Disease Markers

Disease Markers / 2015 / Article

Research Article | Open Access

Volume 2015 |Article ID 616541 | https://doi.org/10.1155/2015/616541

Chao Dong, Xiao-li Wang, Bin-lin Ma, "Expression of Spindle and Kinetochore-Associated Protein 1 Is Associated with Poor Prognosis in Papillary Thyroid Carcinoma", Disease Markers, vol. 2015, Article ID 616541, 6 pages, 2015. https://doi.org/10.1155/2015/616541

Expression of Spindle and Kinetochore-Associated Protein 1 Is Associated with Poor Prognosis in Papillary Thyroid Carcinoma

Academic Editor: Kishore Chaudhry
Received06 Feb 2015
Accepted16 Apr 2015
Published04 May 2015


Aim. Spindle and kinetochore-associated protein 1 (SKA1) is one subtype of SKA, whose protein can make spindle microtubules attach steadily to the kinetochore in the middle of mitosis. At present, there are fewer researches on the relationship between SKA1 expression and tumor development. Methods. In this study, immunohistochemical analysis was used to determine the expression of SKA1 in papillary thyroid carcinoma (PTC) and adjacent tissues. We used quantitative real-time polymerase chain reaction (qRT-PCR) and Western blot analysis to further verify the results. Results. We found that SKA1 expression was significantly higher in PTC tissues than normal adjacent tissues . There existed a significant correlation among a higher SKA1 expression, including lymphoid node , clinical stage , and extrathyroid invasion . Survival analysis showed high SKA1 expression in PTC patients more likely to relapse after surgery. Conclusion. High SKA1 expression is predictive of poor prognosis of PTC, implying that SKA1 may be a promising new target for targeted therapies for PTC.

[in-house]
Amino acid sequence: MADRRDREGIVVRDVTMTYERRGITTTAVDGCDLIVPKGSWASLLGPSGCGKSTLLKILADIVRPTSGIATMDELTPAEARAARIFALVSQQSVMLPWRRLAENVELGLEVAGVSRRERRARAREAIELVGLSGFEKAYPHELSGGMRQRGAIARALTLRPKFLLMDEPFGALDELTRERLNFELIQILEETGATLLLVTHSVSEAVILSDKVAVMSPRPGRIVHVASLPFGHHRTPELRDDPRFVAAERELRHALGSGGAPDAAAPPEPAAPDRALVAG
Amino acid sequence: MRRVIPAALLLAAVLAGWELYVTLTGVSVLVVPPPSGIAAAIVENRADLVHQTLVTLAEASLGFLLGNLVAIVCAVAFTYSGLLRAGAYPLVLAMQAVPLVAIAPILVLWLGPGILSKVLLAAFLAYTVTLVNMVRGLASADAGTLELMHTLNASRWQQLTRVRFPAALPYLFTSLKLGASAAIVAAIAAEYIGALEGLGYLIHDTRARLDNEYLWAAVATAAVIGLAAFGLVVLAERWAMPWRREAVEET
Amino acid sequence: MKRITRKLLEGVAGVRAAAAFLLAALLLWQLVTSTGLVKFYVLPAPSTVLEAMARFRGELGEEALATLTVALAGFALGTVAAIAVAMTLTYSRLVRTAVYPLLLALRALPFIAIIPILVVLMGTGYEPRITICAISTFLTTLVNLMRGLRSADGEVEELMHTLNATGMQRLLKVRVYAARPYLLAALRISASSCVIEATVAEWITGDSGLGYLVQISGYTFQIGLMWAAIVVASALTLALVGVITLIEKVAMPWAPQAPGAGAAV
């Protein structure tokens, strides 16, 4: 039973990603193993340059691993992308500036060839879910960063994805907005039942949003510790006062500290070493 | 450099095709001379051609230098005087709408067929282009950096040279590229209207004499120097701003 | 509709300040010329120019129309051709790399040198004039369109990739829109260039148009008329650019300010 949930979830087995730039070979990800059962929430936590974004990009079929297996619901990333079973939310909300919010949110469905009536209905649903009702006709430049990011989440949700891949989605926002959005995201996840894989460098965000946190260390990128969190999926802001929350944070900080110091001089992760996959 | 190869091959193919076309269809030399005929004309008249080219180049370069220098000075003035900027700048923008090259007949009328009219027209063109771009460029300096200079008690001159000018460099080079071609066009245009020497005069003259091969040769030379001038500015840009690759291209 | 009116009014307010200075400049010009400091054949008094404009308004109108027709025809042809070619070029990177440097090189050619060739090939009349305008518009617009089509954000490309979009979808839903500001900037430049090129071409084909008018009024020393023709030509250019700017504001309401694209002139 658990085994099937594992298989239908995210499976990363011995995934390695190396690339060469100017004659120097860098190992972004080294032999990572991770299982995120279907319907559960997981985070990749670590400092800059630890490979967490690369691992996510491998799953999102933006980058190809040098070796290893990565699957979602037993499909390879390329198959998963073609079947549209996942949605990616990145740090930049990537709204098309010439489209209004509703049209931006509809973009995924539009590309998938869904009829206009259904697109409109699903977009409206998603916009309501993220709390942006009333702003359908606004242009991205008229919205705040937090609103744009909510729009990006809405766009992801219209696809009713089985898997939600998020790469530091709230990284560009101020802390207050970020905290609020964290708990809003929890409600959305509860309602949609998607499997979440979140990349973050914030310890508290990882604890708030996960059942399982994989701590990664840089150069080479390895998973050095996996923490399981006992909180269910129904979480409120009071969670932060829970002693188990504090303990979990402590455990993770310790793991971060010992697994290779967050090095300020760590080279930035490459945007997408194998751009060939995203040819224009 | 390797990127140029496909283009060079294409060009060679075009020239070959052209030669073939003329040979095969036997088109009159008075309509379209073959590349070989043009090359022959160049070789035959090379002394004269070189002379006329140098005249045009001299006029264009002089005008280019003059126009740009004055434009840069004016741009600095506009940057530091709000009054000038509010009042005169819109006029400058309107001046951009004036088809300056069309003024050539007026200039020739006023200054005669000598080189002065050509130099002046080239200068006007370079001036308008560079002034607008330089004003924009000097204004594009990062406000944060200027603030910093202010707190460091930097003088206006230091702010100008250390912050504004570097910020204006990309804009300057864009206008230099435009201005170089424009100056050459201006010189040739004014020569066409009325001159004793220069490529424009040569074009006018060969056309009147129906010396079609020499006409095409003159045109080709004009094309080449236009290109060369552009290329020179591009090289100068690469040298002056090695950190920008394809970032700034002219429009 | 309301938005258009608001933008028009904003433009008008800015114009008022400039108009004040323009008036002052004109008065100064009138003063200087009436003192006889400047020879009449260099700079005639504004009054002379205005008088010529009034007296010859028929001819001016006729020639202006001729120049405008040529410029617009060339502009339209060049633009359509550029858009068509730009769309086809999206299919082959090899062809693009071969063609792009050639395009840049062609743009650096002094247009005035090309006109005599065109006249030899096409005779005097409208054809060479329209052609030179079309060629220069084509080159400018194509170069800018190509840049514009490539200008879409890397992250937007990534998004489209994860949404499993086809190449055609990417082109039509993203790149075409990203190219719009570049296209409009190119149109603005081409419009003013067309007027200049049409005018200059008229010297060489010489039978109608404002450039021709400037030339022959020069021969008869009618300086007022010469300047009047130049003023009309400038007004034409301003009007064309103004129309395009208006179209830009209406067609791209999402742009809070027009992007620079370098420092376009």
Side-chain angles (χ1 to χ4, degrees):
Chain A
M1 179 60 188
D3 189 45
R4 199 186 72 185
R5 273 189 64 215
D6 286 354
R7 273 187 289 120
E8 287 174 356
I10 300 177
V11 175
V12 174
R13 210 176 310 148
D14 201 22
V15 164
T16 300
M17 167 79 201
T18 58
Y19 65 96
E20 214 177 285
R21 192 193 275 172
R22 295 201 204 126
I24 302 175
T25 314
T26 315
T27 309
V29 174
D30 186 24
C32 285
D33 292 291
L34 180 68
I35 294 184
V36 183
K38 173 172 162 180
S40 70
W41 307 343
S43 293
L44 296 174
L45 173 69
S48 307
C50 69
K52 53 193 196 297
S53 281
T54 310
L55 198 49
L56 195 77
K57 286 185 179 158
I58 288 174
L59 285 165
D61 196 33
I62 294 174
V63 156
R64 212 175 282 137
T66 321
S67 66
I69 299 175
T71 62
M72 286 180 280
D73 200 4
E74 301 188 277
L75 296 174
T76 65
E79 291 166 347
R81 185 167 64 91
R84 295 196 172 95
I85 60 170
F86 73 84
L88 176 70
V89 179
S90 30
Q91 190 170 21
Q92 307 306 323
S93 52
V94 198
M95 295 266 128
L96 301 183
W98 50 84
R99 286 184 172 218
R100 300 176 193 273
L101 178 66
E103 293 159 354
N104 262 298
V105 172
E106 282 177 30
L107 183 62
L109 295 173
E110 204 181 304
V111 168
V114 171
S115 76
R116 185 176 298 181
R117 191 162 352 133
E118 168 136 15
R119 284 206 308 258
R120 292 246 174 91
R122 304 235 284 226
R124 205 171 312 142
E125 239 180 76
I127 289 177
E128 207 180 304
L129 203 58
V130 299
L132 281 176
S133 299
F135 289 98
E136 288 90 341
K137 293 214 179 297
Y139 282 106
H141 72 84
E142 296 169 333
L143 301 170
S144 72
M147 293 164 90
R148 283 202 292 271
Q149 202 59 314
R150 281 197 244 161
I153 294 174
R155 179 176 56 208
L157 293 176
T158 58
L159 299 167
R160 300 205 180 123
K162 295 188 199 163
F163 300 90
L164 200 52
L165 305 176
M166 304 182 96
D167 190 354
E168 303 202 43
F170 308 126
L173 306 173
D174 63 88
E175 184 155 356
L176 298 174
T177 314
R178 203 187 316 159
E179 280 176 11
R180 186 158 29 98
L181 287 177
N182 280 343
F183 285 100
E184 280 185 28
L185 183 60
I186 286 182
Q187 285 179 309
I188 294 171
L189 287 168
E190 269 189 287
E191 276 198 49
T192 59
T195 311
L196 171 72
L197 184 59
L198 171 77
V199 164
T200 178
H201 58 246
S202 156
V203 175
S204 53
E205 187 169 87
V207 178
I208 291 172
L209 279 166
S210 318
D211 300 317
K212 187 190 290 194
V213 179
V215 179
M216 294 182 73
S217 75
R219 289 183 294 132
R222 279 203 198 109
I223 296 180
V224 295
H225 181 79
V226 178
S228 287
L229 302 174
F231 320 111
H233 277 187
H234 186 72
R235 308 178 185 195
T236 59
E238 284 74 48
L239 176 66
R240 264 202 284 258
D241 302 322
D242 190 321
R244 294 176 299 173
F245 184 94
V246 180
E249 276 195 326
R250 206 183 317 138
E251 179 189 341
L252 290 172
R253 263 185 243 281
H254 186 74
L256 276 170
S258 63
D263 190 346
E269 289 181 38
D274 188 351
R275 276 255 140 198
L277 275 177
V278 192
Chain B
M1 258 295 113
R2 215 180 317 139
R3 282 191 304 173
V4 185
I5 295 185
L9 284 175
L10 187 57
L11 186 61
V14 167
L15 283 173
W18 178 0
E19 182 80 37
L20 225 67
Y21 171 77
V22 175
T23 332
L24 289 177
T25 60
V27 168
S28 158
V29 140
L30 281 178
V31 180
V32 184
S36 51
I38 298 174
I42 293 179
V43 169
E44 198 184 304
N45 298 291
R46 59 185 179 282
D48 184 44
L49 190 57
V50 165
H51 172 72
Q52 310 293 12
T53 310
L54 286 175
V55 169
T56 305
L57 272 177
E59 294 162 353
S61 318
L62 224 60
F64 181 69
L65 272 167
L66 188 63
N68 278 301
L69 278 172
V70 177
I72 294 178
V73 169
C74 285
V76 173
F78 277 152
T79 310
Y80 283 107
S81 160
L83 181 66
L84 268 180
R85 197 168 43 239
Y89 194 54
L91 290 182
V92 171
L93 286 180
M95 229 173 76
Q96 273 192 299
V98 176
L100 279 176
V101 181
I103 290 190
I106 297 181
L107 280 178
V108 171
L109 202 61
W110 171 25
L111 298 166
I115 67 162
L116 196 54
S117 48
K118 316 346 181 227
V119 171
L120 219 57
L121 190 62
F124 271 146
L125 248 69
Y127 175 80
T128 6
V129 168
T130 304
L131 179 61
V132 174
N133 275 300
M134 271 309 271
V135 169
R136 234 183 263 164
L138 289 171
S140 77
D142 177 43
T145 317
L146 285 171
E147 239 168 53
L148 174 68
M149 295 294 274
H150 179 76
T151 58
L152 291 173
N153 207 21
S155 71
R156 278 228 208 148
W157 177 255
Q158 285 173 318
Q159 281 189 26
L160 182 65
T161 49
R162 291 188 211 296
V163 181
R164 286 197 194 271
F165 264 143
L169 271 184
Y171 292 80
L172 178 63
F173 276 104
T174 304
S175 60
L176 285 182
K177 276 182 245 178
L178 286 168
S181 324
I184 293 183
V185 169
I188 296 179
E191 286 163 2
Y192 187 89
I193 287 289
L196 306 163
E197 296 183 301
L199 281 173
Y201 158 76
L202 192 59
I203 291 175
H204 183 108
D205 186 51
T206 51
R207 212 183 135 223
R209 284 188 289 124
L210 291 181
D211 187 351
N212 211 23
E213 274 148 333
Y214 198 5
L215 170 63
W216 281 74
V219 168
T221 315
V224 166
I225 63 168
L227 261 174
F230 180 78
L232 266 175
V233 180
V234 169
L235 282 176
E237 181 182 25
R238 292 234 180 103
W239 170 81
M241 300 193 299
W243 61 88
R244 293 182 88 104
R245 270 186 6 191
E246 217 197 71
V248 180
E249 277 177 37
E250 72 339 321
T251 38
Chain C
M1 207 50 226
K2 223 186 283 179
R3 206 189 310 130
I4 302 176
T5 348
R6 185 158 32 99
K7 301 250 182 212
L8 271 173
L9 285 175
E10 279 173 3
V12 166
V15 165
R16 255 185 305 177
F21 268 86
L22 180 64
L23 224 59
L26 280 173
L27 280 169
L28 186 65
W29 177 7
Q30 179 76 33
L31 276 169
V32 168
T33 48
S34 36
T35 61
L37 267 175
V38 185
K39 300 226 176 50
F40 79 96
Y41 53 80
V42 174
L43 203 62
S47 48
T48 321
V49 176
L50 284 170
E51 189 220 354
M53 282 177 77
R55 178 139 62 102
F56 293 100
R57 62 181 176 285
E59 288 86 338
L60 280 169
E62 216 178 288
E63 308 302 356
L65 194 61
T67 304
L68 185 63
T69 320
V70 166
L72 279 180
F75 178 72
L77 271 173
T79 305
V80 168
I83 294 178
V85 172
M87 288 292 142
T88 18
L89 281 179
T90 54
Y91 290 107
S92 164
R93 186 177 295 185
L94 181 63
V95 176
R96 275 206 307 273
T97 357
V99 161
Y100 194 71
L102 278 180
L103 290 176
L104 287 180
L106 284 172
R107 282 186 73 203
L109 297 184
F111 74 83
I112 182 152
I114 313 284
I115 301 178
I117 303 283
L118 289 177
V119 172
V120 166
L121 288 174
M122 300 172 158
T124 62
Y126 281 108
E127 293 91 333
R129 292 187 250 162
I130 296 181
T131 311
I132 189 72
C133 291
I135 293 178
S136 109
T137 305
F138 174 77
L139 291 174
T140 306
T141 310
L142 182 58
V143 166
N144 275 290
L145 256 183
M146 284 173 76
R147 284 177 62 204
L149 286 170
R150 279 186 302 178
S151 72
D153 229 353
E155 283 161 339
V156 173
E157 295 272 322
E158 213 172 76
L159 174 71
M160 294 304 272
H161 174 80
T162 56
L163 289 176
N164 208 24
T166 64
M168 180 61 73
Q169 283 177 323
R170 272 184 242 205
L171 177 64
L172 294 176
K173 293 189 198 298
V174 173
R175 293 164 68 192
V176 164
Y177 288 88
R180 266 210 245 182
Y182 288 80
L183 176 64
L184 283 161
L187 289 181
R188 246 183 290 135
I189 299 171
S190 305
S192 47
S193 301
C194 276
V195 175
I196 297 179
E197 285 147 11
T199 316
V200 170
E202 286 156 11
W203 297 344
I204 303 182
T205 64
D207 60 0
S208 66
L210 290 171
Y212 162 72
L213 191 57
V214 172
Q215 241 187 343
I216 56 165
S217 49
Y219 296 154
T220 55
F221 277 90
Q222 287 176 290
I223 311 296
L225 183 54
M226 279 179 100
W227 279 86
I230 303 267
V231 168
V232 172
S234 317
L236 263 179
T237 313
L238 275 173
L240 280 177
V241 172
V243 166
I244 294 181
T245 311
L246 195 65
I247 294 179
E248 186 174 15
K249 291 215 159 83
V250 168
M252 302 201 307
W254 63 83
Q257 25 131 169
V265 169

1. Introduction

Thyroid cancer is the most common malignant tumor of the endocrine system and the most common head and neck tumor. Each year, new cases of thyroid cancer account for 1–5% of all cancer cases [1]. Over the past 30 years, a rapid increase in the incidence of thyroid cancer has attracted widespread attention [2]. Thyroid cancer can be classified as papillary thyroid carcinoma (PTC), follicular thyroid carcinoma (FTC), medullary thyroid carcinoma (MTC), undifferentiated thyroid carcinoma (ATC), and others according to its pathological characteristics; PTC is the most common type, accounting for 79–94% of thyroid cancer cases [1]. With comprehensive surgery-focused antineoplastic therapy, the prognosis of most patients with PTC is good, but 20% these patients relapse after treatment and require reoperation [3]. Consequently, analyzing the biological characteristics of PTC and exploring new targets for therapy have been major clinical concerns.